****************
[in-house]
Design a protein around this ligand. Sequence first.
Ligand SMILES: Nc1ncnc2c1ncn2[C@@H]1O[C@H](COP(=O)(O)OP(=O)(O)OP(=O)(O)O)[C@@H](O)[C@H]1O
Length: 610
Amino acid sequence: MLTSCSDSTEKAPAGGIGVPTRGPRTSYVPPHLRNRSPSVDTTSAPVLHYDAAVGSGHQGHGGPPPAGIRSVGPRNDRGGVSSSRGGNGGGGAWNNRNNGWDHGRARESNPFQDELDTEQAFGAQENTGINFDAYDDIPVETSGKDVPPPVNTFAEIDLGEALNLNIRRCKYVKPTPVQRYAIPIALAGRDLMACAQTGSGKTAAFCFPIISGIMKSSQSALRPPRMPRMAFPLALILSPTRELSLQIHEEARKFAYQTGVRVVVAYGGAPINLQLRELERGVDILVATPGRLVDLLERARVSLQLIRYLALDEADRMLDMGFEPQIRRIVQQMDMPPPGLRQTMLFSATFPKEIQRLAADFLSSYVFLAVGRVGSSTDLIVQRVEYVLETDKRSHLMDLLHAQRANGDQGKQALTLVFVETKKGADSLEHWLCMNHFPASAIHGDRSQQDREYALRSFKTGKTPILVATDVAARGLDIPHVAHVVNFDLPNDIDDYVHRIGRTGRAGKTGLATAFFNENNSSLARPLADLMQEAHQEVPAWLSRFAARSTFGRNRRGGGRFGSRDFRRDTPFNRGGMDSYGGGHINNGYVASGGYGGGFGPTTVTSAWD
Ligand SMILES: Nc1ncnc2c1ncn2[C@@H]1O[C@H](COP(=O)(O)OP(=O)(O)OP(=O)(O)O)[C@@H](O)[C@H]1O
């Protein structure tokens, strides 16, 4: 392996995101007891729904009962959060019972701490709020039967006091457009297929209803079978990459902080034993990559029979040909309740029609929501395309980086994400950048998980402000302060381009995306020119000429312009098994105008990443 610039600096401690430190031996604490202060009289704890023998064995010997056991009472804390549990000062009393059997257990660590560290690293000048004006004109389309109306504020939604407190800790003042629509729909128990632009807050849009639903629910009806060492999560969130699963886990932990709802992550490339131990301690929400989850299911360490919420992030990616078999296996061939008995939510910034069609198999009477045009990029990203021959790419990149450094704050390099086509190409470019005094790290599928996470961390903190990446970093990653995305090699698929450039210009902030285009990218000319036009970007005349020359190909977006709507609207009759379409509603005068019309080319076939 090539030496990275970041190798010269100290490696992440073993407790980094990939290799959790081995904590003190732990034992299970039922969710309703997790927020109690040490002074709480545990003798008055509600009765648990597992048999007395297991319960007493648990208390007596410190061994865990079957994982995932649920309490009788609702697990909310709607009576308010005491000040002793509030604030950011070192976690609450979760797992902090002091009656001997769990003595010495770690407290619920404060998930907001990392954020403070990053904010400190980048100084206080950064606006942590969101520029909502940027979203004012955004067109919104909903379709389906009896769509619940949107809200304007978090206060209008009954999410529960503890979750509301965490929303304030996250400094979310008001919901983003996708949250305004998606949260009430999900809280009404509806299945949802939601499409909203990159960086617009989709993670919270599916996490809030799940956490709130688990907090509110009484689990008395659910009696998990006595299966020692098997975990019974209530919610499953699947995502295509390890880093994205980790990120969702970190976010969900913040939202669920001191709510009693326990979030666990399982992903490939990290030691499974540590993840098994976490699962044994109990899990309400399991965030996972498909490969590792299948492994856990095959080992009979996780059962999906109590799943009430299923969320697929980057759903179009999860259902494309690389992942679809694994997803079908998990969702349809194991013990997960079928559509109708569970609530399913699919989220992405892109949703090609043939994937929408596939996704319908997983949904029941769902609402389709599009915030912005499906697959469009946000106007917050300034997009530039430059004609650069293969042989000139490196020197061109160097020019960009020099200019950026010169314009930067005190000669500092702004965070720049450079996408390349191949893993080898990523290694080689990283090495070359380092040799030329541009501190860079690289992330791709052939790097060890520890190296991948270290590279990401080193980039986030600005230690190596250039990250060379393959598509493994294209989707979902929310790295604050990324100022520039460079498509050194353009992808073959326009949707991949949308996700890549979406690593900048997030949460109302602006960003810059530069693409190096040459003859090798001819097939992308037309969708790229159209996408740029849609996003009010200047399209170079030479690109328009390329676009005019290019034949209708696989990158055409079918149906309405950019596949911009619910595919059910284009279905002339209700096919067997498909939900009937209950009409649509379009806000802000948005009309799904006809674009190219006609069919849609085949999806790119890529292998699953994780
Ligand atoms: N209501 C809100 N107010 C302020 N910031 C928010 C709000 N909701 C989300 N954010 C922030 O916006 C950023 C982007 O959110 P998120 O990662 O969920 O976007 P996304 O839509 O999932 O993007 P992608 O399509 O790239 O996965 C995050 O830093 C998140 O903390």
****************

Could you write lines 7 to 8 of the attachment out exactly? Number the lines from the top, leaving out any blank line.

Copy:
């Protein structure tokens, strides 16, 4: 392996995101007891729904009962959060019972701490709020039967006091457009297929209803079978990459902080034993990559029979040909309740029609929501395309980086994400950048998980402000302060381009995306020119000429312009098994105008990443 610039600096401690430190031996604490202060009289704890023998064995010997056991009472804390549990000062009393059997257990660590560290690293000048004006004109389309109306504020939604407190800790003042629509729909128990632009807050849009639903629910009806060492999560969130699963886990932990709802992550490339131990301690929400989850299911360490919420992030990616078999296996061939008995939510910034069609198999009477045009990029990203021959790419990149450094704050390099086509190409470019005094790290599928996470961390903190990446970093990653995305090699698929450039210009902030285009990218000319036009970007005349020359190909977006709507609207009759379409509603005068019309080319076939 090539030496990275970041190798010269100290490696992440073993407790980094990939290799959790081995904590003190732990034992299970039922969710309703997790927020109690040490002074709480545990003798008055509600009765648990597992048999007395297991319960007493648990208390007596410190061994865990079957994982995932649920309490009788609702697990909310709607009576308010005491000040002793509030604030950011070192976690609450979760797992902090002091009656001997769990003595010495770690407290619920404060998930907001990392954020403070990053904010400190980048100084206080950064606006942590969101520029909502940027979203004012955004067109919104909903379709389906009896769509619940949107809200304007978090206060209008009954999410529960503890979750509301965490929303304030996250400094979310008001919901983003996708949250305004998606949260009430999900809280009404509806299945949802939601499409909203990159960086617009989709993670919270599916996490809030799940956490709130688990907090509110009484689990008395659910009696998990006595299966020692098997975990019974209530919610499953699947995502295509390890880093994205980790990120969702970190976010969900913040939202669920001191709510009693326990979030666990399982992903490939990290030691499974540590993840098994976490699962044994109990899990309400399991965030996972498909490969590792299948492994856990095959080992009979996780059962999906109590799943009430299923969320697929980057759903179009999860259902494309690389992942679809694994997803079908998990969702349809194991013990997960079928559509109708569970609530399913699919989220992405892109949703090609043939994937929408596939996704319908997983949904029941769902609402389709599009915030912005499906697959469009946000106007917050300034997009530039430059004609650069293969042989000139490196020197061109160097020019960009020099200019950026010169314009930067005190000669500092702004965070720049450079996408390349191949893993080898990523290694080689990283090495070359380092040799030329541009501190860079690289992330791709052939790097060890520890190296991948270290590279990401080193980039986030600005230690190596250039990250060379393959598509493994294209989707979902929310790295604050990324100022520039460079498509050194353009992808073959326009949707991949949308996700890549979406690593900048997030949460109302602006960003810059530069693409190096040459003859090798001819097939992308037309969708790229159209996408740029849609996003009010200047399209170079030479690109328009390329676009005019290019034949209708696989990158055409079918149906309405950019596949911009619910595919059910284009279905002339209700096919067997498909939900009937209950009409649509379009806000802000948005009309799904006809674009190219006609069919849609085949999806790119890529292998699953994780
Ligand atoms: N209501 C809100 N107010 C302020 N910031 C928010 C709000 N909701 C989300 N954010 C922030 O916006 C950023 C982007 O959110 P998120 O990662 O969920 O976007 P996304 O839509 O999932 O993007 P992608 O399509 O790239 O996965 C995050 O830093 C998140 O903390």